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The Torah Codes

Average Rating 4
( 10 )
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  • Posted June 9, 2011

    A fun thriller

    This was described to me as sort of a Jewish Da Vinci Code and, truth be told, that was enough to get me interested. Nathan discovers that his landlord is spying on him, his name (and several other things) are encoded in a certain book of the Torah, and several people are after him for some weird and vaguely religious reason. Okay, so maybe my synopsis isn't a good sell, but the fact is that I plowed through this book in record time. Nathan is likable and often very funny, and the action kept me turning the pages. Do I believe prophecy is encoded in the Torah? Doesn't matter. It was fun and crazy and I look forward to Barany's next thriller.
    Confession time: I did not read the essays in the appendix. I hear they're quite good and well worth reading, but I was just in it for the story, not the religious speculation.

    2 out of 2 people found this review helpful.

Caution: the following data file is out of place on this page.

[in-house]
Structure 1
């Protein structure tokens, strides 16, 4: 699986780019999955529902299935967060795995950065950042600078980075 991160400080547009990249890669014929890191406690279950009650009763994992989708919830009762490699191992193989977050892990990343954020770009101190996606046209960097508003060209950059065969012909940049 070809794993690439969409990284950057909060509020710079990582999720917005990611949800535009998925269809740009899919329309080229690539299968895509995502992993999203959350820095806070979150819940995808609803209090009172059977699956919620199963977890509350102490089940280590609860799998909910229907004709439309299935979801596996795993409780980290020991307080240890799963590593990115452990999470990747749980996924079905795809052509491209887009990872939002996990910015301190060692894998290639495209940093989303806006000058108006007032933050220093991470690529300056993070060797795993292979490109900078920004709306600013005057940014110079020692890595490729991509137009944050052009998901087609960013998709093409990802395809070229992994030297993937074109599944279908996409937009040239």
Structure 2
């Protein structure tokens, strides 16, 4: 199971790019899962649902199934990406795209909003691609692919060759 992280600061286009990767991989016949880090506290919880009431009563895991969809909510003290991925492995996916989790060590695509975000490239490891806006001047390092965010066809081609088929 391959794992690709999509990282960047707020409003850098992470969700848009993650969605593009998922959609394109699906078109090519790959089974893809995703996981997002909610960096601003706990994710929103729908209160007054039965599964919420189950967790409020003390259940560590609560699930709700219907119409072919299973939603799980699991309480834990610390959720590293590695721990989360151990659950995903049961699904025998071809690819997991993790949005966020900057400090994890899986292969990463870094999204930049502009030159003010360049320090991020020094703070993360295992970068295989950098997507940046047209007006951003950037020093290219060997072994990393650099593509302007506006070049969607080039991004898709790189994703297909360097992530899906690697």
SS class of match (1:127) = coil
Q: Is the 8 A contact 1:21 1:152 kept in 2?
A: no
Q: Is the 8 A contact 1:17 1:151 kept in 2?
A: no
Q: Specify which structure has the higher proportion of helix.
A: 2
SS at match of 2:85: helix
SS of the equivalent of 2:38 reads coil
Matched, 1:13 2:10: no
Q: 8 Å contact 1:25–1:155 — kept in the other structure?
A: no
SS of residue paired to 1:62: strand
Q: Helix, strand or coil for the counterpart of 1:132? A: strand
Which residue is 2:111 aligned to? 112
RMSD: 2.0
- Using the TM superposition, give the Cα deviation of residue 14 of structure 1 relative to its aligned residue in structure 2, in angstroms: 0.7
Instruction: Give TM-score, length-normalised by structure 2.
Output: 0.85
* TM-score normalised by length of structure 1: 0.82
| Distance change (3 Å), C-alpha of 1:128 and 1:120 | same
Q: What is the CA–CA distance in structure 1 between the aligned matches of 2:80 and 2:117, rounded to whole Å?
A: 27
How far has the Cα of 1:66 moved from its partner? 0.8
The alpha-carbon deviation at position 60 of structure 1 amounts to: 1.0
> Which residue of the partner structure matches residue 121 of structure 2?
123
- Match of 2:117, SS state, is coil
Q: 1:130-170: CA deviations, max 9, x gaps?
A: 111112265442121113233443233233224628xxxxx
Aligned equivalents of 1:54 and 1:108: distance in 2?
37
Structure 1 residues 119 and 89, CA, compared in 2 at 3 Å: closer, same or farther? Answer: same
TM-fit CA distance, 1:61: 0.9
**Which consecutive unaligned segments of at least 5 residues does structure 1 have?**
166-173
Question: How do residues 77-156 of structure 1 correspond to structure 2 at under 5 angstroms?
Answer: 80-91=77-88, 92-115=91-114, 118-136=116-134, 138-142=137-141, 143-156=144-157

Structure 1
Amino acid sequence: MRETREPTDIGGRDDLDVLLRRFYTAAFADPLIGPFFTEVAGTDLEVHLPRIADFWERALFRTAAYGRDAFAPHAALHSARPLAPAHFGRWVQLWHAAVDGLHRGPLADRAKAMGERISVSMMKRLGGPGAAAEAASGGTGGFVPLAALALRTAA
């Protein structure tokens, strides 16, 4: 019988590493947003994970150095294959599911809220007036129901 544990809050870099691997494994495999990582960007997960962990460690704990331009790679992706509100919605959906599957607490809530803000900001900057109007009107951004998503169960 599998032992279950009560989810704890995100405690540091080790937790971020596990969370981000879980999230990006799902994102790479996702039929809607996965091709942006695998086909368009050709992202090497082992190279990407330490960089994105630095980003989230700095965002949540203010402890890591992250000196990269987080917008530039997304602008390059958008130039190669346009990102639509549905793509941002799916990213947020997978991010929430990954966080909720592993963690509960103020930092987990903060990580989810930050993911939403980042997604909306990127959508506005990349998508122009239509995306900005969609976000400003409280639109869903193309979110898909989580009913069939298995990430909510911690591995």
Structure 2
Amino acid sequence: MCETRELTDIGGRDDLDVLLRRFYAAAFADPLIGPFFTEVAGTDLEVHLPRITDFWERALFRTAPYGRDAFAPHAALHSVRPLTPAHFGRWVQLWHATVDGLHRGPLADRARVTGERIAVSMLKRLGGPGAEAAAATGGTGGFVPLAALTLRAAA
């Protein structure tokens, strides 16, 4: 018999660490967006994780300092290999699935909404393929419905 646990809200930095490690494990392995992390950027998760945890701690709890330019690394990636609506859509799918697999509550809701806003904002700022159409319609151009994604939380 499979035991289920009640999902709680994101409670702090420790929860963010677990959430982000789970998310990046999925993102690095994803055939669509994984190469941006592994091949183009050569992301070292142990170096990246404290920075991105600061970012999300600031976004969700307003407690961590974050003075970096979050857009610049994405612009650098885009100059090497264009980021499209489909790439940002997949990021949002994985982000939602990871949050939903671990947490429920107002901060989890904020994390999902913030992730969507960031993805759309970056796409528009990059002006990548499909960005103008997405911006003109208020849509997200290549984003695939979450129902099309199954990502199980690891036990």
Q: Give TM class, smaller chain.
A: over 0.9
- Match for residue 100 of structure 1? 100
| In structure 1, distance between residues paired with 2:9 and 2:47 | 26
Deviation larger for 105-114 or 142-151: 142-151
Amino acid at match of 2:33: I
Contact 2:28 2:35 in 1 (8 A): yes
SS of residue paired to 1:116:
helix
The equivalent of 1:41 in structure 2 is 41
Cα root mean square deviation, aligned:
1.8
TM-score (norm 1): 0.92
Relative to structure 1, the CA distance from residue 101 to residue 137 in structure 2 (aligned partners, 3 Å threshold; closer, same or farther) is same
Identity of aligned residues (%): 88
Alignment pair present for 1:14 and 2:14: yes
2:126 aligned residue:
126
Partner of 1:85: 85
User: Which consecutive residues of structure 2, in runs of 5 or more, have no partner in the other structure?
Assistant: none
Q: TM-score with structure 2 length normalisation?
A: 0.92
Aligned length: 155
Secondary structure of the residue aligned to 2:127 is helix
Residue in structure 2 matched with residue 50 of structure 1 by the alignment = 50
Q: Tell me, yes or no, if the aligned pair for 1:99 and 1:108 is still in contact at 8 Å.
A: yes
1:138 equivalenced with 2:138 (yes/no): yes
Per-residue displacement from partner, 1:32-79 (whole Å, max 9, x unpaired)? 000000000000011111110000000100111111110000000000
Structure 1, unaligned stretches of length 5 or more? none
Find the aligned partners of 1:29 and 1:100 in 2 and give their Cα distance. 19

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  • Posted July 8, 2011

    Fast-paced fun

    I enjoyed reading this book, it's one that most Dan Brown fans will really enjoy.
    The main character, Nathan, a bipolar programmer, is a fresh voice. He is witty without being annoying and many of his thoughts made me laugh out loud at the nuttiness that was is his thought process. The rest of the characters are not particularly memorable, but they do keep the plot moving forward without boring the reader.
    The plot is similar in pacing to the DaVinci Code, trying its best to stay moving forward, but made a bit confusing by the quick exchange of information that the characters seem to understand as soon as it's uttered. It can be seem a bit unbelievable at times, but, unlike Brown's overbearing book, this one keeps the mood light.
    I must nitpick on one issue, though. Sophia, the main female character, is a Tarot card reader, which although an interesting twist to add, I would have liked the real meanings of the cards to have been used, not strange ones that are never used. As a Tarot reader myself, it was hard to swallow the twisted meanings of cards that are just as important to a religion as the Torah is to the Jewish community. It is a bit picky, I know, but it is what struck me. This however, probably won't affect the majority of the audience, so it's definitely not something that should deter anyone from reading the book.
    The essays that accompany the story are fascinating and definitely something to consider when purchasing the book.
    This is a fun, quick-paced story that will not disappoint.

    1 out of 1 people found this review helpful.

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